Results for: Convertible

RealRides of WNY - 1968 Volkswagen

Came across this Savannah Beige 1968 Volkswagen yesterday during a light rain in North Tonawanda. Some might call it a “Cabrio” but VW, at least in 1968, still referred to their open-roofed Beetles as convertibles. (FYI, “cabrio” is short for “cabriolet” which, according to Google’s etymology,derives from the French “cabriole” — goat&rsqu

RealRides of WNY - 1985 Mustang

I’ll admit to not being a fan of most of the modern Mustangs. That being said, I’ll also admit that if I were old-car shopping, and someone waved this 1984 Ford Mustang LXin front of my face wearing a For Salesign, I’d be all over it! Depending on your source, the ’84 was either a member of the third or the sixth generation of the original pony car. Still rear-wheel-drive,

RealRides of WNY - 1967 Ambassador

Perhaps trying to shake the image that all of its cars were compacts, the brochure description of the 1967 AMC Ambassador DPLconvertible called it “A luxury convertible that lets you put four-on-the-floor and three-in-the-rear.”Standard engine on the DPL convertible (and optional on all other models) was AMC’s 290 cu.in. V-8, which the fender badge indicates is under the hood of

RealRides of WNY - 1965 Ford

This 1965 Ford Galaxie 500looks like it drove right out of the brochure onto the grounds of last Sunday’s weekly cruise night at Hoover’s Restaurantin Sanborn. Perhaps Ford’s copywriters weren’t quite schooled in political correctness when they penned this description of one of the features of its retractable roof: “Side-mounted top latches, easy enough for the most p

RealRides of WNY - 1964 Corvair

Brochure copywriters for the 1964 Chevy Corvair Monzahad some strange priorities. Here’s how they started the new Monza’s description: “Driving kicks are still standard on the ’64 Monza. For a moment, however, try forgetting about that rambunctious new engine and look inside the ’64 Monza. First, there’s a new horn ring.”A new horn ring?! Be still my beati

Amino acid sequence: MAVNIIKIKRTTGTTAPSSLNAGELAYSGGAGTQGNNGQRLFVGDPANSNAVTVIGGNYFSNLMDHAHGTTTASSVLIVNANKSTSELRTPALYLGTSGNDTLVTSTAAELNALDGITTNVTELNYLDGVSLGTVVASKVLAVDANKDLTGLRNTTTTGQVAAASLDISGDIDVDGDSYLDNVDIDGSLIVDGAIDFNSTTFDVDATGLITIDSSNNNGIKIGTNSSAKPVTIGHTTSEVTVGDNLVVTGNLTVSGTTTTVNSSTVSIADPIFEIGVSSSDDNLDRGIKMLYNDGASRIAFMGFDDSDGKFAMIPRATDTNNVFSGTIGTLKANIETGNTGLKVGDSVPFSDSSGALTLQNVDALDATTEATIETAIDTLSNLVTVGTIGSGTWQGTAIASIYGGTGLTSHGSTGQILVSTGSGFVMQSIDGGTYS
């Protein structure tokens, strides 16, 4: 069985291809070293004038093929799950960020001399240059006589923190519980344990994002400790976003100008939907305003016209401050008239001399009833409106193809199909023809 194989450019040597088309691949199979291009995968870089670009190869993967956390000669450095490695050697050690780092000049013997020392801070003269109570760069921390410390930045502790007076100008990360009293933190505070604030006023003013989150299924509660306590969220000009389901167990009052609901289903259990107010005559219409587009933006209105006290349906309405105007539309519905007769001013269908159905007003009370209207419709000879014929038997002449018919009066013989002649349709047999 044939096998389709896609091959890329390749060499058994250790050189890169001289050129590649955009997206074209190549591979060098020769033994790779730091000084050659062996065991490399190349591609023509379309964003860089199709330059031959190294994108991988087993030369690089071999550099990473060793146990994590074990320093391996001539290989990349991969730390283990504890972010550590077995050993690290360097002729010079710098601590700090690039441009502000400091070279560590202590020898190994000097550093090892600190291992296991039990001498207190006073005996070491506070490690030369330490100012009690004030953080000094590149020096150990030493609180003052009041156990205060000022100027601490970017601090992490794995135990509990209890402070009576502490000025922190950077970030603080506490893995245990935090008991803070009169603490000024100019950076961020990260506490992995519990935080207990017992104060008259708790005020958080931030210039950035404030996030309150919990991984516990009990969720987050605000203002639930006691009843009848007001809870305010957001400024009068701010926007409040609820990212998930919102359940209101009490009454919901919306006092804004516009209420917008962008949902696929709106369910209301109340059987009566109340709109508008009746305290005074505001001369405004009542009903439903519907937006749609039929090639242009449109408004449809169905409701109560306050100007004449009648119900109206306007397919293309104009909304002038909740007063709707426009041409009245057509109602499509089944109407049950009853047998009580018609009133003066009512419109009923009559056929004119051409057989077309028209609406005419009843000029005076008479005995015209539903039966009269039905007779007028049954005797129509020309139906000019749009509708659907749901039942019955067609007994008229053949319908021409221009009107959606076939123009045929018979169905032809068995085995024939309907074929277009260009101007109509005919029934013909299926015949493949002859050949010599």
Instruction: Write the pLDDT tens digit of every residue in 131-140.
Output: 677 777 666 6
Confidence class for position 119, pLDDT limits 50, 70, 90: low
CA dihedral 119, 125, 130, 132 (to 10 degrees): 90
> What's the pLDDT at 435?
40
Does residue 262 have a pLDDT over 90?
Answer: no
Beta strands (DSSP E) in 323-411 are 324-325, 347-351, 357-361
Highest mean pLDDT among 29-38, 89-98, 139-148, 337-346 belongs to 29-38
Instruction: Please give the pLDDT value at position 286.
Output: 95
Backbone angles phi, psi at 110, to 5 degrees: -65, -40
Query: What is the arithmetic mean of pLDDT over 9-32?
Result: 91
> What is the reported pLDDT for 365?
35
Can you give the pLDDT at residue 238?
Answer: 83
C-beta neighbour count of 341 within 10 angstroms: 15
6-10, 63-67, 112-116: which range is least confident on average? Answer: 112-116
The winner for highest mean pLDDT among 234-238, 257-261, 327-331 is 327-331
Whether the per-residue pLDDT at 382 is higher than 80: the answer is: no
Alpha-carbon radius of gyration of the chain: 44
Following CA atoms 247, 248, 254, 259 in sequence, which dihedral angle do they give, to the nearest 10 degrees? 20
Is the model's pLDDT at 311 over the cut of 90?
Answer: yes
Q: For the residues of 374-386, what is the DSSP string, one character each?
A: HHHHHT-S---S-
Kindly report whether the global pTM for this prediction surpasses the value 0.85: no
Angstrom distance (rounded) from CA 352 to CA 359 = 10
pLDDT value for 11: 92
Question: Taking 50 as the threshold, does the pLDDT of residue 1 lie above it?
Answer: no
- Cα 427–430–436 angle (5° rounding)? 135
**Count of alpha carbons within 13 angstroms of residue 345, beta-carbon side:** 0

RealRides of WNY - 1976 Cadillac

When this 1976 Cadillac Eldoradowas new, the Cadillac folks, along with a lot of others, thought it was the last American convertible (see press release below).And it was… for a few years. Thoughts of the federal government regulating convertibles out of existence for safety purposes never came to be, and eventually the drop-top made its way back into American automobile production, beginni

RealRides of WNY - 1971 Buick LeSabre

Saw this 1971 Buick LeSabre Customa month or so ago in Tonawanda. This was the first year of a restyle which would last through model year 1976, the final year before GM’s big downsizing program took hold. Of course, federal regulations would drastically change to look of these big Buicks through its six-year run, but the basic body shape remained pretty constant. This one looks to be shod i

RealRides of WNY (on the road) - 1972 Oldsmobile

Looking through old brochures and ads gives one the impression that the 1972 Oldsmobile Cutlass Supremeconvertible, like the one pictured here, wasn’t high on Olds’ sales priority list. It barely gets a mention in the full-line brochure, where the Lansing car manufacturer seemed more interested in pushing the cushy (and big-selling) formal hardtop model. This didn’t stop a presen

RealRides of WNY - 1959 Cadillac

The brochure called the 1959 Cadillac Sixty-Twoconvertible “The new standard of the world in supremecy!”It also told us that it had “…a new windshield of epic proportions,”from which a driver could “…survey the world about him over a remarkable, low, broad expanse of hood and fenders.”No mention here about what he (or, one might imagine, she) might

RealRides of WNY (on the road) - 1967 Oldsmobile

Sometimes bringing you the daily RealRideis a group effort. This clean-looking1967 Oldsmobile Cutlass Supremeis an excellent example. It came to us from old friend and former Hamburg, New York neighbor Rick Lapp, who now resides near Williamsport, Pennsylvania. He received the photo from his old high school buddy Steve Nicaise, who found the car in Louisiville, Kentucky, which henow calls home. So